Now, imagine there were some law that would render it completely invalid, i.e, make the item in question break out of this model. If that thing that were to cause an item to break out of the model happens at any point within this 'space' of time, then the item in question would already have broken out of the model, and would never have the chance to be inside of it. So the only things that could possibly exist within the model are things that can NEVER EVER break out of the model.

This is difficult to explain. The assumption is that future time already exists, irrespective of where matter is positioned in future time. Now, if future time already exists, and has already been executed, then if something in future time were to happen that could destroy all of time, then time would never exist, so this thing could never happen! The only way time could exist is if this future event will never happen.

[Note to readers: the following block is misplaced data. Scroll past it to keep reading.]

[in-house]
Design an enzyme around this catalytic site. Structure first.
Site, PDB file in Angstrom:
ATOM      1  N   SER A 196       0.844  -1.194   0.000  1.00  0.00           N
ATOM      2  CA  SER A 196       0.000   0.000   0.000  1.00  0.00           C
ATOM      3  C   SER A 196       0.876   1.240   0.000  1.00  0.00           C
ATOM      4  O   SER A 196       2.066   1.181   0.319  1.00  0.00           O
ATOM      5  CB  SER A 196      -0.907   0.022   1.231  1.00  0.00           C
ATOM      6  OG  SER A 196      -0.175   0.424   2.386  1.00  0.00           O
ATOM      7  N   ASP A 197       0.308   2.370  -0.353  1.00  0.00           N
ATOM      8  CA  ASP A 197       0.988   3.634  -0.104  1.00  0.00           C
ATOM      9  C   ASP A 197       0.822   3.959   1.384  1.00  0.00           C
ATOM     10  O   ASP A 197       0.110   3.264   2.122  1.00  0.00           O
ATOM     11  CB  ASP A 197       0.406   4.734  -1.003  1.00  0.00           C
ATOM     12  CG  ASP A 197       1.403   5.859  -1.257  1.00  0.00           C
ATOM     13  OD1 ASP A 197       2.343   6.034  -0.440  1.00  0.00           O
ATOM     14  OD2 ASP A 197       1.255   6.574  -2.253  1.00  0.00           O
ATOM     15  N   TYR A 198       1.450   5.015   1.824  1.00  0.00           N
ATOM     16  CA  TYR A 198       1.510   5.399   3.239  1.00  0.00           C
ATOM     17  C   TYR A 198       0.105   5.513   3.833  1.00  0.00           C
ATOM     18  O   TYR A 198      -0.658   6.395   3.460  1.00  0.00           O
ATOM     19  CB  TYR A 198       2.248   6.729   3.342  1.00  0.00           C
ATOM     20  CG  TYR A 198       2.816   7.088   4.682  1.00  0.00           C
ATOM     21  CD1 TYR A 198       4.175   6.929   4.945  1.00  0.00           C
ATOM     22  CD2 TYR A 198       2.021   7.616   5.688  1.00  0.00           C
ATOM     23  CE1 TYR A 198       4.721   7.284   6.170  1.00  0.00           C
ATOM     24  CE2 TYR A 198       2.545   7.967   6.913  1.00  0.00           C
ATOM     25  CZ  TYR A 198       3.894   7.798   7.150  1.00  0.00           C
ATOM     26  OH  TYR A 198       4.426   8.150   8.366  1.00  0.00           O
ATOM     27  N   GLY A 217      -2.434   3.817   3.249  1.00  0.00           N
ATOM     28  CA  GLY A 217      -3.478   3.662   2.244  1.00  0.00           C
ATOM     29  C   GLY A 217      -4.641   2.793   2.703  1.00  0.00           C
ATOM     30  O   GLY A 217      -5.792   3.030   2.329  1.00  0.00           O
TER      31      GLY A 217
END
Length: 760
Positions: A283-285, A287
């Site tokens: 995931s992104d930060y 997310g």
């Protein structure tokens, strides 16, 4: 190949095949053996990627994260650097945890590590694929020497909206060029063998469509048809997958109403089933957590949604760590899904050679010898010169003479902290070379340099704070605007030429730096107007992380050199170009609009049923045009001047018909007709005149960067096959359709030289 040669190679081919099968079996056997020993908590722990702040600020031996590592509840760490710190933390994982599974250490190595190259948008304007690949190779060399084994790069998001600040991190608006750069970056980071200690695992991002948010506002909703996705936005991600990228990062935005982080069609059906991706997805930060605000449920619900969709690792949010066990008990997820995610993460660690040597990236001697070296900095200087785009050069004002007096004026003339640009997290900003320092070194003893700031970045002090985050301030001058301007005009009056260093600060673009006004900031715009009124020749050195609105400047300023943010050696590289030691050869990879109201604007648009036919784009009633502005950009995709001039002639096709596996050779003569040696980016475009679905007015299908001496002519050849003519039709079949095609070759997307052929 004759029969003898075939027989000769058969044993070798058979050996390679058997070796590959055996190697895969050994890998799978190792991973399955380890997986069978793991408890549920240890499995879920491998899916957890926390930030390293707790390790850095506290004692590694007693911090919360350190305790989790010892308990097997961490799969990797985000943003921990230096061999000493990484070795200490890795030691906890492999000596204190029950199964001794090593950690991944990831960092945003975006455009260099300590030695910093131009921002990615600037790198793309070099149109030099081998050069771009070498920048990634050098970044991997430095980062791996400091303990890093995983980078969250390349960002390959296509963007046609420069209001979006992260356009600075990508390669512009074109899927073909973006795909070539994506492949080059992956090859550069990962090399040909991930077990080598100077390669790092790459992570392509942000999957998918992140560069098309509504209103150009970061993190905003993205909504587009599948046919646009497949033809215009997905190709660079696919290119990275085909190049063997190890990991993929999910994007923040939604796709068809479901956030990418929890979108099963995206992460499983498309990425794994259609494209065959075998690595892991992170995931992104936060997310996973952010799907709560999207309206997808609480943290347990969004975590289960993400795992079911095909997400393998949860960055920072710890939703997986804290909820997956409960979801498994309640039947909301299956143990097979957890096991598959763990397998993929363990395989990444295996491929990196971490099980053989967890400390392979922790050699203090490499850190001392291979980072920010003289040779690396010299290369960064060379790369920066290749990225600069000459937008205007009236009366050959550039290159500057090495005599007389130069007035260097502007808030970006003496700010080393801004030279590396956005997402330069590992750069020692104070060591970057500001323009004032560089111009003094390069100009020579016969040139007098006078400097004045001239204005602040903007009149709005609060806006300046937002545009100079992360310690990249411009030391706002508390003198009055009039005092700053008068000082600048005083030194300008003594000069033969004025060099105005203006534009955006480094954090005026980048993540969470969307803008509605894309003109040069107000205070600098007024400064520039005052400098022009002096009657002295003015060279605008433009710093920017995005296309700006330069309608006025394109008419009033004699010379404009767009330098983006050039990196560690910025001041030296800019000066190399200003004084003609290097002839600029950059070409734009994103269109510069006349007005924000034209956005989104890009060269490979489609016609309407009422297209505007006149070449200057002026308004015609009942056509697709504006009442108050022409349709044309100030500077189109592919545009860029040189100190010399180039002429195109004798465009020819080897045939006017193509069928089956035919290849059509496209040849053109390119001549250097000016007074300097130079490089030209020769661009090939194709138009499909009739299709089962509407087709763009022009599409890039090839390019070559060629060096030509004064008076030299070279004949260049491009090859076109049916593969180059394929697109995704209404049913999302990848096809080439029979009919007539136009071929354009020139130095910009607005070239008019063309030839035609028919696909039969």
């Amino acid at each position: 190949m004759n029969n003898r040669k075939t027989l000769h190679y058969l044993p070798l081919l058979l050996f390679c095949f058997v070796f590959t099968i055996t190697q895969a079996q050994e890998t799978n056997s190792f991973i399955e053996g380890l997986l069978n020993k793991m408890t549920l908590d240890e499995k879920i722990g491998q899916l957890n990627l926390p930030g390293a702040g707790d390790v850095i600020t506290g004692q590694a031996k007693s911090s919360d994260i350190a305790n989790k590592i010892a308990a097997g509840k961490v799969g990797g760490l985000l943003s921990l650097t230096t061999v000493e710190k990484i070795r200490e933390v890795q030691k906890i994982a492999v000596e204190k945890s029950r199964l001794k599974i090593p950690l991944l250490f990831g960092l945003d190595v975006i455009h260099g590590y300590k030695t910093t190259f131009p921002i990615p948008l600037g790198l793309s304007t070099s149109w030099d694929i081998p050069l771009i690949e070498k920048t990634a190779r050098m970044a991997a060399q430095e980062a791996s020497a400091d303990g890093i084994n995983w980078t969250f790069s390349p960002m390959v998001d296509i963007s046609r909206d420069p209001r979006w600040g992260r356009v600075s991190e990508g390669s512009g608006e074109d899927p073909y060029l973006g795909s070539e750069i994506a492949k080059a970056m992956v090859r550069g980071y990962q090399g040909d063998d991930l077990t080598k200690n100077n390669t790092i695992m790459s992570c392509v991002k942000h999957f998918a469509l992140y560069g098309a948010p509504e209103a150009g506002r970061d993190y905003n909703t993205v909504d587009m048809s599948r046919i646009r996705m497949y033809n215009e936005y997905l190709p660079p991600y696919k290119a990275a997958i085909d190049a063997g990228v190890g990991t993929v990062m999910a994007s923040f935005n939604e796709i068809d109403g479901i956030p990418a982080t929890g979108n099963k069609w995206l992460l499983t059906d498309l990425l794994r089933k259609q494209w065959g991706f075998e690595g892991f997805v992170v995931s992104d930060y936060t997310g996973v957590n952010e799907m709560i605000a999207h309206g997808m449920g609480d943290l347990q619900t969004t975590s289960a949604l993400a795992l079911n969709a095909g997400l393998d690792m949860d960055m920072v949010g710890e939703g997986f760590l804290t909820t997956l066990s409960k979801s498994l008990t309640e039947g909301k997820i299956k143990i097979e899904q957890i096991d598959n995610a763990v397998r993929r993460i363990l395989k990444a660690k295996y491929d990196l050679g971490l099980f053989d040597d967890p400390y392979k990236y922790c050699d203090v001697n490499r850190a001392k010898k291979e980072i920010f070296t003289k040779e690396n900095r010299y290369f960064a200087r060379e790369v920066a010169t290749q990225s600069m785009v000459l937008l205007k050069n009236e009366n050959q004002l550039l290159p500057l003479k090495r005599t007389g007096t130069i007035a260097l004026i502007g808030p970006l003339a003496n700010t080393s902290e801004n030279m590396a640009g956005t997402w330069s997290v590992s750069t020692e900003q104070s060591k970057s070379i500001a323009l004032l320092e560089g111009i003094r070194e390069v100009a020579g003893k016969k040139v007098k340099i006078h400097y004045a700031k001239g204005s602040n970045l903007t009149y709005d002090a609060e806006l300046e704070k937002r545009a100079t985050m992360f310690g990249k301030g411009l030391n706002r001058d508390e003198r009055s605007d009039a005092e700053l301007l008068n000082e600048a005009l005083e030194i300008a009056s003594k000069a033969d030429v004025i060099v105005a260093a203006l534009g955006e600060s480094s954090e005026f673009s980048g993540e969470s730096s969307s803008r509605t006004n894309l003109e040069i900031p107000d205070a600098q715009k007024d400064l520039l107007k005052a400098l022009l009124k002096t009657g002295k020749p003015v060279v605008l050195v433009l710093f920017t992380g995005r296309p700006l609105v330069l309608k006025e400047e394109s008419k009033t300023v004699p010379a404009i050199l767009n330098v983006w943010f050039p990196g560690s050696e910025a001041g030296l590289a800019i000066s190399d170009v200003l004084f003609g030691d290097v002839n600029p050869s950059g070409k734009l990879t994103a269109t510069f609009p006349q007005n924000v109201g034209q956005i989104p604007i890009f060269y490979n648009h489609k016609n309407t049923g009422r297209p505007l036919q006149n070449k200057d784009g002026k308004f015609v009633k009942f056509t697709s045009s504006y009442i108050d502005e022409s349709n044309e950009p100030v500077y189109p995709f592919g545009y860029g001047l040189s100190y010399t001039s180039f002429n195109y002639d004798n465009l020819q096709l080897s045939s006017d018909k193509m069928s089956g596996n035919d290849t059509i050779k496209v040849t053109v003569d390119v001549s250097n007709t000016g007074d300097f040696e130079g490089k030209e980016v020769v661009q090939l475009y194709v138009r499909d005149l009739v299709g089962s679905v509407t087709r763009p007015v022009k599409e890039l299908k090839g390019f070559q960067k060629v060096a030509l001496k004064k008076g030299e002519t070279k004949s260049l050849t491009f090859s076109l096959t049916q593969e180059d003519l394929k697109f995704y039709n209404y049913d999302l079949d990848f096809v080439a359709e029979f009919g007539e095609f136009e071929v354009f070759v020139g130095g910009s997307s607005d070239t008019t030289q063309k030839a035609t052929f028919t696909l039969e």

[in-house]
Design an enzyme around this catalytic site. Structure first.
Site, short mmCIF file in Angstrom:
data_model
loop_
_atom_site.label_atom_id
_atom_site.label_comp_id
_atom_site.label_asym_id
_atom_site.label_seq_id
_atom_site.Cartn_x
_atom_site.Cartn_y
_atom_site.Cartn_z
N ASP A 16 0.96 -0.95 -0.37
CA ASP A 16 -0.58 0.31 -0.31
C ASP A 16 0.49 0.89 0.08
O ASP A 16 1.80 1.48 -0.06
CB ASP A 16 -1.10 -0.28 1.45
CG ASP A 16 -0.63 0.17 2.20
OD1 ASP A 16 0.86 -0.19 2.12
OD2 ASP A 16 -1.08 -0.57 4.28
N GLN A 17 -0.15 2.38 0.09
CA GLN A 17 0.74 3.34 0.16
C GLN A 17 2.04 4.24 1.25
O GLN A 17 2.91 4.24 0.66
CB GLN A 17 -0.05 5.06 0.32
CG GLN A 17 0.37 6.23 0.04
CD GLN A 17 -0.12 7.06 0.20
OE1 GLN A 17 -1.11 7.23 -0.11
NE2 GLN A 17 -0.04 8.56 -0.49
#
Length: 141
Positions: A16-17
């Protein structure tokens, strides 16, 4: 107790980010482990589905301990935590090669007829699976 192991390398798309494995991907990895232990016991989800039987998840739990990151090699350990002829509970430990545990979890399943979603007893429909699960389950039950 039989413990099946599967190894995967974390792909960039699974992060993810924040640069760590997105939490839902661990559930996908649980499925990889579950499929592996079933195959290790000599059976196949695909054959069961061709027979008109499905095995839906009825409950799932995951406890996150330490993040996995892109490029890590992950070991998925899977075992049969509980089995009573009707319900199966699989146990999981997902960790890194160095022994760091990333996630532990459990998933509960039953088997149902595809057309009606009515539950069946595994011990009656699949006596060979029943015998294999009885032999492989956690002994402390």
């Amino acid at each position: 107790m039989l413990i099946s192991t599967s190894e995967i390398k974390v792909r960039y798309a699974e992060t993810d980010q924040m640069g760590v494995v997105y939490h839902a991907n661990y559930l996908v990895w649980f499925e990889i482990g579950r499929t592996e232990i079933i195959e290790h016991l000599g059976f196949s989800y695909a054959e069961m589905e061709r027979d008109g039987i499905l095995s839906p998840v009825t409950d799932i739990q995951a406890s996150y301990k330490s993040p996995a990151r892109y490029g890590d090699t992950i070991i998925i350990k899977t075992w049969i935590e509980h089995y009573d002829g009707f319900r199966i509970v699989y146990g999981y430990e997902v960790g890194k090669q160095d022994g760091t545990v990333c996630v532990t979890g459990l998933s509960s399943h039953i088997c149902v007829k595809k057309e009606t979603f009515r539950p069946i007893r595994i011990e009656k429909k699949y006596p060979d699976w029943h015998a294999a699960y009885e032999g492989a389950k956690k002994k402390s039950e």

There is only one assumption in my hypothesis there but it is an assumption that is very difficult to prove.


But it is strange, isn't it? I would not be surprised if they coudn't get LHC to work in the end. I don't say the reason will be Higgs Boson altering it's past, though. But considering what this LHC stuff is all about, I wouldn't rule out unprovable assumptions.


I wouldn't rule out unprovable assumptions.

You can't prove them.


I wouldn't be surprised either, but the explanation would be bad design. And science is all about ruling out unprovable assumptions.


Yeah but the temporal explanation is far more entertaining.


I'm willing to entertain, for the moment, the idea that some particularly high-energy collisions are capable of reaching back in time and preventing themselves from happening.

But there are easier ways to do it than to reach weeks back in time and blow up a macroscopic object like a transformer. Far more likely that the trajectories of the particles themselves would be altered to just miss.